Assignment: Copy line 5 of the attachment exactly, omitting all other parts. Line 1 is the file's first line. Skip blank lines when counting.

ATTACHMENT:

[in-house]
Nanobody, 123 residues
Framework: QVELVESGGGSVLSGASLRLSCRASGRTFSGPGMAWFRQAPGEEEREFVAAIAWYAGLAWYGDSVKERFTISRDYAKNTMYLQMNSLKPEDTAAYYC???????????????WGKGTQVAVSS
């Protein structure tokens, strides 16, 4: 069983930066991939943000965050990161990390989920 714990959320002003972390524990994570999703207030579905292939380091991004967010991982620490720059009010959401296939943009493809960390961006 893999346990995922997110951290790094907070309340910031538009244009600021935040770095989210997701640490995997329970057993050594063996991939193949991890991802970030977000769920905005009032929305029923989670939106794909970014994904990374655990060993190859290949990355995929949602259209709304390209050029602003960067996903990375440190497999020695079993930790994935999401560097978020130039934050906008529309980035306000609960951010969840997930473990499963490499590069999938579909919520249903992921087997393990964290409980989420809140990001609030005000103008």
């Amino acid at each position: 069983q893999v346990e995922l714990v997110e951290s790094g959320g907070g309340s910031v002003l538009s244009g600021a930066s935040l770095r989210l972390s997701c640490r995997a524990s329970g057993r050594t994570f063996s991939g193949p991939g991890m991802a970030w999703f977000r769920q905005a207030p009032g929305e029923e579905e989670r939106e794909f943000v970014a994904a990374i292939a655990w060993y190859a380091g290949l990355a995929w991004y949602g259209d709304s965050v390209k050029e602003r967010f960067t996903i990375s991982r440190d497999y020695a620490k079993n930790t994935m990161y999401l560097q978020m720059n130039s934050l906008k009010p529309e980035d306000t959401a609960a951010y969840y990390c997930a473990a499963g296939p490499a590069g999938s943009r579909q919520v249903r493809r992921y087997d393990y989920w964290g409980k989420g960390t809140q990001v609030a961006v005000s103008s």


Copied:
């Amino acid at each position: 069983q893999v346990e995922l714990v997110e951290s790094g959320g907070g309340s910031v002003l538009s244009g600021a930066s935040l770095r989210l972390s997701c640490r995997a524990s329970g057993r050594t994570f063996s991939g193949p991939g991890m991802a970030w999703f977000r769920q905005a207030p009032g929305e029923e579905e989670r939106e794909f943000v970014a994904a990374i292939a655990w060993y190859a380091g290949l990355a995929w991004y949602g259209d709304s965050v390209k050029e602003r967010f960067t996903i990375s991982r440190d497999y020695a620490k079993n930790t994935m990161y999401l560097q978020m720059n130039s934050l906008k009010p529309e980035d306000t959401a609960a951010y969840y990390c997930a473990a499963g296939p490499a590069g999938s943009r579909q919520v249903r493809r992921y087997d393990y989920w964290g409980k989420g960390t809140q990001v609030a961006v005000s103008s």